The Burning Season


Sloan Grant Won: 
2016, Filmmaker Fund Grant, Tribeca Film Institute

Project Type: Feature
Genre: Drama
Length: 115 pages
Field of Science: Primatology, Conservation
Stage: Development


THE BURNING SEASON was adapted from Laura Van Den Berg’s award winning short story “What the World Will Look Like When All the Water Leaves Us” and is the story of a driven primatologist who takes her teenage daughter to Madagascar, where her determination to save endangered lemurs puts their relationship – and safety – at risk.


Years ago, JUNE ENGLE discovered a new lemur species in a remote region of Madagascar. Now a leading primatologist, June brings her teenage daughter CELIA to that region, determined to prove that lemurs are responsible for burying seeds and by extension preserving the forests. With the help of a Malagasy PHD student, KIADY, who has been assigned to work with her, June spends her days gathering evidence. Kiady falls for June and teaches Celia, a champion swimmer in her high school, to overcome her fear of open water. But the villagers don’t understand June’s work, which impedes on their farmland. The dry season, during which slash-and-burn farming sets much of the island on fire, approaches. When June’s obsession intensifies and Kiady leaves, Celia is left with a nearly impossible choice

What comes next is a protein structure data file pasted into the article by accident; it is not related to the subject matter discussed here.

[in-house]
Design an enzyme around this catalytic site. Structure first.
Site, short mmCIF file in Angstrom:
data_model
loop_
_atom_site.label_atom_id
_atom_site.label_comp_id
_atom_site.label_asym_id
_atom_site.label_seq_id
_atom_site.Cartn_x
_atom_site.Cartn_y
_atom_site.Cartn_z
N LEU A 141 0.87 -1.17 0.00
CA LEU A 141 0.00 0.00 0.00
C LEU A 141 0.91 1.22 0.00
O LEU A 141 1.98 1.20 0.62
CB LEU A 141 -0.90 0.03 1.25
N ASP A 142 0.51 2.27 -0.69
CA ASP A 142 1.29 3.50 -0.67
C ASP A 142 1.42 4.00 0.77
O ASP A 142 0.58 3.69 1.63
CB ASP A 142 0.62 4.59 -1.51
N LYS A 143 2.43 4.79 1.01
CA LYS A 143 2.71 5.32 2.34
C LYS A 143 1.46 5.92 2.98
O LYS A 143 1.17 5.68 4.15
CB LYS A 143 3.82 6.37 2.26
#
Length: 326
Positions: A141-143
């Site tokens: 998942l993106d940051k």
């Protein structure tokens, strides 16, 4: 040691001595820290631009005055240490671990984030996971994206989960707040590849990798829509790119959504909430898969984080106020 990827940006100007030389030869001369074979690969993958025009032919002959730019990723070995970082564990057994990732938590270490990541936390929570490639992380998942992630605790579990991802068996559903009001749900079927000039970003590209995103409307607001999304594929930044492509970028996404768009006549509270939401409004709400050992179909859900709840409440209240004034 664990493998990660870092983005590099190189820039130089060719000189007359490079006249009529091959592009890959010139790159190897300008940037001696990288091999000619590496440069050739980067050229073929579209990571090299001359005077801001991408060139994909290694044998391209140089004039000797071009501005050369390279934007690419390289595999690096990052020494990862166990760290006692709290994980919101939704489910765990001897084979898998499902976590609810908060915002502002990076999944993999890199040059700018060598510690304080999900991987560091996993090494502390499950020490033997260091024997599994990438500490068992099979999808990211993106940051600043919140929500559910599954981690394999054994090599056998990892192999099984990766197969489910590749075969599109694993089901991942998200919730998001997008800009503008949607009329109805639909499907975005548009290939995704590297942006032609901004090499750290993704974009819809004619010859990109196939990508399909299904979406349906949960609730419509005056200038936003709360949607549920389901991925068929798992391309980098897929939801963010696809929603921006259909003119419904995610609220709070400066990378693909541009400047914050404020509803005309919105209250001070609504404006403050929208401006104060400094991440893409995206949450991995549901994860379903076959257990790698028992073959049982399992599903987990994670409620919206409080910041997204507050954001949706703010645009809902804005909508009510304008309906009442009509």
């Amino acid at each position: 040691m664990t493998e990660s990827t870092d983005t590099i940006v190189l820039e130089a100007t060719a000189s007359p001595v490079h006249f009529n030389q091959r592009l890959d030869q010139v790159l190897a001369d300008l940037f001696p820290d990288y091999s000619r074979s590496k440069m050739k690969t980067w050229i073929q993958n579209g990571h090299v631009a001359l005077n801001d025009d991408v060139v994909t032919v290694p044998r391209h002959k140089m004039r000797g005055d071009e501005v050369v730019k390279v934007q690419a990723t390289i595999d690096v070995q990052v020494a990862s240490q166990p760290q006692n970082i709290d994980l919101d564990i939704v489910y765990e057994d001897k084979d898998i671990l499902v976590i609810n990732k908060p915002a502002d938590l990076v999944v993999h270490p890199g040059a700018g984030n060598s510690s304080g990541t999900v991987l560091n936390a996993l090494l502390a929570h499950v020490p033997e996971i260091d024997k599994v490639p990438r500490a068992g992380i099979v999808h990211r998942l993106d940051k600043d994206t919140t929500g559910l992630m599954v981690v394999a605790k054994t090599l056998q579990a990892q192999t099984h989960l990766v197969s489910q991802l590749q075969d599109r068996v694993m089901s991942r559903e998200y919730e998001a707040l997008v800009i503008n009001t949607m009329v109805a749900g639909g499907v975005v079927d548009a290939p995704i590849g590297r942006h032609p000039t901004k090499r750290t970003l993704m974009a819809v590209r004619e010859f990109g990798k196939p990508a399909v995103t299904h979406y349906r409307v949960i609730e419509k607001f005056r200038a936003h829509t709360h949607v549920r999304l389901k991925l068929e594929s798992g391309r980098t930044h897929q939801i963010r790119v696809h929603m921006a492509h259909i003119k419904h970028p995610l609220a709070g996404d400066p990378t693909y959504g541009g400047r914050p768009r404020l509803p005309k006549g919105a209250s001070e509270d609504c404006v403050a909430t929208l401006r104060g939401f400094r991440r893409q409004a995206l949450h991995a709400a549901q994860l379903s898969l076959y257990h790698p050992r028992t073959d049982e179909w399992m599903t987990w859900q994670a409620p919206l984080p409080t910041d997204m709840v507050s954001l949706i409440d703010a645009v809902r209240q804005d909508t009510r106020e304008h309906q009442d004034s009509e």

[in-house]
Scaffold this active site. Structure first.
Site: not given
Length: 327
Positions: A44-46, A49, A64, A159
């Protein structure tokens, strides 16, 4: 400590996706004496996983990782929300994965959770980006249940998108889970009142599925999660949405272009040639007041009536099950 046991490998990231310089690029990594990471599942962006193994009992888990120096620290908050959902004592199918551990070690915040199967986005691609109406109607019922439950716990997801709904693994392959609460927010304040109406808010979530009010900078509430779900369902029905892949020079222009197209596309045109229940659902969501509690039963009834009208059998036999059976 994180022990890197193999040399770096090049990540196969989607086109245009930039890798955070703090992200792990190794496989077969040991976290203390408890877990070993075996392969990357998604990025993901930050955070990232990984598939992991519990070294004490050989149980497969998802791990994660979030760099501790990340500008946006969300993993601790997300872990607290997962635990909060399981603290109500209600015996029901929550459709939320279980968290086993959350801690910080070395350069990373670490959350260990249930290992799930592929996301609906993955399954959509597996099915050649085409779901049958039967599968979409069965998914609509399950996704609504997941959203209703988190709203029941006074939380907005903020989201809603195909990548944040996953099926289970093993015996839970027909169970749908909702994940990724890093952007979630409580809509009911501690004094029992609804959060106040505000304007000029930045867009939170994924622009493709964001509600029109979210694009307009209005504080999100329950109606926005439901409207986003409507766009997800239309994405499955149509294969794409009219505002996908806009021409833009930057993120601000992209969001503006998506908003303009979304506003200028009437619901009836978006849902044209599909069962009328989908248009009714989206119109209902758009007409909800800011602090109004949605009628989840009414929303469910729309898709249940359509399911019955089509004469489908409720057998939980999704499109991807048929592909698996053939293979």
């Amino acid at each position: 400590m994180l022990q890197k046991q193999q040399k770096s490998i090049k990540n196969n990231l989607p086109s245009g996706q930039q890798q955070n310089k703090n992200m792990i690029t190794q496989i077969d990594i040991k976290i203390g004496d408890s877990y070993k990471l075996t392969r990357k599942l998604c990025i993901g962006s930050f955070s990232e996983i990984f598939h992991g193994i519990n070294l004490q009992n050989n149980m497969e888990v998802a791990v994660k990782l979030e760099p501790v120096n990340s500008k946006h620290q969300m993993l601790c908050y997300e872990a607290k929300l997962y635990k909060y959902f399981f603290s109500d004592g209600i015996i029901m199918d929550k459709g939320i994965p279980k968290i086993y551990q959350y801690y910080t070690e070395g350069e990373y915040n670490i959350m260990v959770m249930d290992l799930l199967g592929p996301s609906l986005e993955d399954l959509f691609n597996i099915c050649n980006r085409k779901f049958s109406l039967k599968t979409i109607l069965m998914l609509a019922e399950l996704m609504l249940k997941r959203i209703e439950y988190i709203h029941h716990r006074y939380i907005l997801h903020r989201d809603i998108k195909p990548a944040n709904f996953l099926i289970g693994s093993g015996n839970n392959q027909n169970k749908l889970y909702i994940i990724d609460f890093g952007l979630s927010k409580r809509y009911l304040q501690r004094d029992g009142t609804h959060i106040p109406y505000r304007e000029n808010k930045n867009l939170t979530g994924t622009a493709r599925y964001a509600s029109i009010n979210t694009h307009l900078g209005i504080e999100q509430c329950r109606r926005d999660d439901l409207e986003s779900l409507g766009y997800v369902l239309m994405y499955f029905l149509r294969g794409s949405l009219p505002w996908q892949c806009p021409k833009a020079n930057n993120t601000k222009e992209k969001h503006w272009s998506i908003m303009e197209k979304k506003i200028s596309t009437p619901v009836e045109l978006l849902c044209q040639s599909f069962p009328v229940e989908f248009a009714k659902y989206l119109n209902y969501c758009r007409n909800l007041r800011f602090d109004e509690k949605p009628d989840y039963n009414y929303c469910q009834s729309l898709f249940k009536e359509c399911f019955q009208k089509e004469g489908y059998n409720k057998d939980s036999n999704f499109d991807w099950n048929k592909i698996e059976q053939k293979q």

Jenny Halper‘s screenplay, The Burning Season, based on Laura Van Den Berg’s short story, was an Athena List Winner and placed on the 2016 Blacklist. In addition to her work as Director of Development at Maven Pictures, she is an award winning fiction writer and a 2015 finalist for the St. Lawrence Book Prize.

Kate Sharp’s producing credits include: “Better Living Through Chemistry,” “Madame Bovary,” and “The Hallow”. Ms Sharp was previously VP of Development & Production at Occupant Entertainment and an Executive Producer on the Emmy-nominated “Behind The Mask” for Hulu.

Claire McCarthy recently wrapped production on “Ophelia” starring Daisy Ridley and Naomi Watts. Her credits include “The Turning” and the award-winning “The Waiting City,” which premiered at TIFF, was nominated for three Film Critics Circle Awards, an Australian DGA Award and won two Independent Film Awards.